He was a Christmas angel, though I couldn’t spot it at first.

We had been going into Westmount Mall on Friday evening to just cheer on the volunteers who had been wrapping Christmas presents in return for a donation to the London Food Bank.  It was pouring rain, and on the way in the door I noticed a man standing off to the side who was obviously having a difficult time.  He appeared down and out and discouragement seemed to mark his disposition.  We went on inside and then I suddenly thought better of it.

“I’m getting a coffee for some volunteers inside; can I get you one?” I asked.

He smiled at that point and though he had first declined, he went on to say, “Actually, it’s cold.  A coffee would be great.”

For the next few minutes I couldn’t get him out of my mind.  I wanted to know his story but knew better than to ask.  At Tim Horton’s just inside the door I get him a $10 gift card and passed it to him as I walked outside.

“Thought you might be hungry,” I said as he took the card.

There was a lot of dignity in his handshake and his “Merry Christmas” stirred my heart.

It was only as we got to our SmartCar in the parking lot that I noticed he was following.

“You Mr. Pearson?” he asked.

“I am.  What’s your name?”

We spoke for a moment longer and then he handed me the gift card.  I worried that I had offended him, but his next words drove the meaning of Christmas home in a way I won’t forget.

“Give this to one of those Kellogg’s employees, okay?  One of the ones that lost their jobs.”

The entire panorama of Christmas meaning comes in an exchange just like that.  He told me he had lost his job two years previous, was 58 years of age, and was struggling to get by.  “I’ve had to use the food bank a few times; hope that’s okay?” he stated.  If only he knew that there were 3600 families a month using food bank services, often in circumstances just like his own.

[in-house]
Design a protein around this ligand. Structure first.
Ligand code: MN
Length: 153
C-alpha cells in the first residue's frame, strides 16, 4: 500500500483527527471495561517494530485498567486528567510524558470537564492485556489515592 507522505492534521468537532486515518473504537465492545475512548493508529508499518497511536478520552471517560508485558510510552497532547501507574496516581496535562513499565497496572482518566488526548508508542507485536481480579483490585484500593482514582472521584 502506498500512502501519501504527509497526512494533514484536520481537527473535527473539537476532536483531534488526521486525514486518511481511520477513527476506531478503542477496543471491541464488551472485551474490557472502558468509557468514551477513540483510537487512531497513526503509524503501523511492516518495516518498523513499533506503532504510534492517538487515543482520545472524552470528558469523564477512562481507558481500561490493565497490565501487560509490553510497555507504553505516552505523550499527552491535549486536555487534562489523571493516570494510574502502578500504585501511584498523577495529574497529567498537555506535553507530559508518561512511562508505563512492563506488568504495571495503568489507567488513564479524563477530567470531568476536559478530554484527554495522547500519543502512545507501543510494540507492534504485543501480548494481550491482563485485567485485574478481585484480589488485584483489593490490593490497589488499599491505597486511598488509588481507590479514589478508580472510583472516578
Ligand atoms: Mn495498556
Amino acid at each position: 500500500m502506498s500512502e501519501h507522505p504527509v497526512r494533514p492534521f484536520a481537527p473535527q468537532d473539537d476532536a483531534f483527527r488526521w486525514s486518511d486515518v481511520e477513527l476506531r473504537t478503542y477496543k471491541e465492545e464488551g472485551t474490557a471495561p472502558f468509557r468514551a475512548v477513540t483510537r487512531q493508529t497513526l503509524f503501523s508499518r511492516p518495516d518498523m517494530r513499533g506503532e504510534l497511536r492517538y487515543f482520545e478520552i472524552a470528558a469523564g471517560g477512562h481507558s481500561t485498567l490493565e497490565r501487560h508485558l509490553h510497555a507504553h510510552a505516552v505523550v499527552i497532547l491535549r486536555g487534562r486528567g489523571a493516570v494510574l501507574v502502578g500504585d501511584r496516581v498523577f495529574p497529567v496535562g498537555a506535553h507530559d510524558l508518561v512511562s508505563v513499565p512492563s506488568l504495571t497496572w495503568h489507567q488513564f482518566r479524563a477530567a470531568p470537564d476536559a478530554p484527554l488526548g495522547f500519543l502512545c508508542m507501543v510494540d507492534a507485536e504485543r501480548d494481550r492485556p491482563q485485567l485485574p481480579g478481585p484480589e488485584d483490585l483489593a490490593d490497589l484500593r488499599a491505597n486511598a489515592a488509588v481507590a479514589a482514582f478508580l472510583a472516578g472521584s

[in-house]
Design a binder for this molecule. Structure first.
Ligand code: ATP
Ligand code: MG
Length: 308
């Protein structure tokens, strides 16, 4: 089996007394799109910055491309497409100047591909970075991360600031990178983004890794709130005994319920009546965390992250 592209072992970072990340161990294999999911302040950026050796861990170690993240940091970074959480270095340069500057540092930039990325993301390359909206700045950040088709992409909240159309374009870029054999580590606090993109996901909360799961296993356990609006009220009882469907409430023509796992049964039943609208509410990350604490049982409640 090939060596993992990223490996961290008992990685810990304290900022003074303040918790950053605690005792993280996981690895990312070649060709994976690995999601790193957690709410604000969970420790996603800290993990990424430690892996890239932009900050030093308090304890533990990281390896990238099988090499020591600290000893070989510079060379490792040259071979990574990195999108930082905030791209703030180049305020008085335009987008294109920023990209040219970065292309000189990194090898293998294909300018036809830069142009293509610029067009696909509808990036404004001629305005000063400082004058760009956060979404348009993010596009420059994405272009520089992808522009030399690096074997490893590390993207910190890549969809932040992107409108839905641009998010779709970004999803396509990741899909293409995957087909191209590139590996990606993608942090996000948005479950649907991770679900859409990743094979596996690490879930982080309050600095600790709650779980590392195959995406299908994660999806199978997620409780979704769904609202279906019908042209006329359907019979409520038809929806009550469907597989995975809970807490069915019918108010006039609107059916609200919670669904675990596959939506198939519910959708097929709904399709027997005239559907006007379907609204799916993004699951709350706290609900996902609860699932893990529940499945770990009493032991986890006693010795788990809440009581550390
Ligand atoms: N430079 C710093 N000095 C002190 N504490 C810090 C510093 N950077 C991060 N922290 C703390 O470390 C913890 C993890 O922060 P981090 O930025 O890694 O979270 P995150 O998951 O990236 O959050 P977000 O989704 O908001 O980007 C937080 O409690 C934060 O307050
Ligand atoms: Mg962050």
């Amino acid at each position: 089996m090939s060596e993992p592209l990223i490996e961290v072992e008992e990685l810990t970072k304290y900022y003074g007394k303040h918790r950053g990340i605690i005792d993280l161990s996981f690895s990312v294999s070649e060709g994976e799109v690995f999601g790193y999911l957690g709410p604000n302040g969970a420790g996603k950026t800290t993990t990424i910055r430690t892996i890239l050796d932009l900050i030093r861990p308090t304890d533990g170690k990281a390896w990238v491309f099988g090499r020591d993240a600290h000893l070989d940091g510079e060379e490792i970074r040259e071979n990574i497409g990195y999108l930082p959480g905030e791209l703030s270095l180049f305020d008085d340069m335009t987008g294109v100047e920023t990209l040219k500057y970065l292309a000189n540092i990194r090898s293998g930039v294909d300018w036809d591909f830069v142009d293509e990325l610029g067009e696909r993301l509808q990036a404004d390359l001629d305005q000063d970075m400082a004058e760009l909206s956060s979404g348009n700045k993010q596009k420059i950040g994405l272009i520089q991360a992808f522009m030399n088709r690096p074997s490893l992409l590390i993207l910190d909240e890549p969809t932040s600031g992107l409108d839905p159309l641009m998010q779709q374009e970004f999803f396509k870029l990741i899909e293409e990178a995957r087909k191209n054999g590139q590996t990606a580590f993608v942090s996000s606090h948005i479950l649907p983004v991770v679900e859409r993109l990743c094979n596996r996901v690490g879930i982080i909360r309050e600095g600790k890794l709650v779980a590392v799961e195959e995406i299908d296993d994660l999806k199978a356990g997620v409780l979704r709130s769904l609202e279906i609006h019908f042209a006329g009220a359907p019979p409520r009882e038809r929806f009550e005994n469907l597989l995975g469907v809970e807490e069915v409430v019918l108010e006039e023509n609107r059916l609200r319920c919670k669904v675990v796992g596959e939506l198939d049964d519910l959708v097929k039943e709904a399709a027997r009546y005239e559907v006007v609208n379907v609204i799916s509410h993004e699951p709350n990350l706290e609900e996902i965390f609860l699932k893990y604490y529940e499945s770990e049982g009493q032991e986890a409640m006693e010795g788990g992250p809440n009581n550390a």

What kind of city is it that produces citizens who, despite oppressive circumstances, reach out to others who just experienced devastating news?  Well, that’s our community – London, Ontario – and through a lot of pain and sense of loss we are populated by local angels just like this man.

The entire experience made me think of Garrison Keillor’s observation: “A lovely thing about Christmas is that it’s compulsory, like a thunderstorm, and we all go through it together.”  In circumstances that seemed totally unrelated, a poor man of dignity, Kellogg’s workers, the food bank, the mall, the volunteers, and this humbled citizen were all woven together in a tapestry that could have just as easily been printed on an ideal Christmas card.

I wondered again what kind of Christmas Jesus would ask Santa for, and vice versa, and I think I got some kind of answer.  It would be a world filled with those who could get outside of themselves just as that man had done.  It wouldn’t matter if it was in a manger or a mansion, a hovel or a skyscraper.  As long as the people in such locations could reach out beyond their own circumstances, then Christmas would be a state of mind and not just a season.  A just society would be more about shared than hoarded wealth.  The future of children would be about choice not chance.  Politics would be about purpose not paltriness.  Communities would be about the future not the past.  And people like that man outside the mall would be honoured for their citizenship and sacrifice.  Yup, that’s what Jesus would ask Santa for, and I decided to ask for it too – not out of some kind of ideal, but out of the practical experience I had outside of a mall on a rainy night.

Isn’t this really what the majesty of Christmas can be about – how the dignity of one man fallen on hard times can be celebrated in the house of everyone?  If we can’t understand that in our hearts, then we’ll never find Christmas under a tree.

Knowing about the spirit of Christmas is one thing; actually doing it is another.  Out of his own constrained circumstances one man introduced me to the reality of the spirit of compassion and not just its possibility.  Communities have been built on less but become their greatest when poverty becomes a thing of the past and the richness of the human spirit directs our actions.  May it be so.  Merry Christmas to all of you.  And on earth, peace to all of you of good will.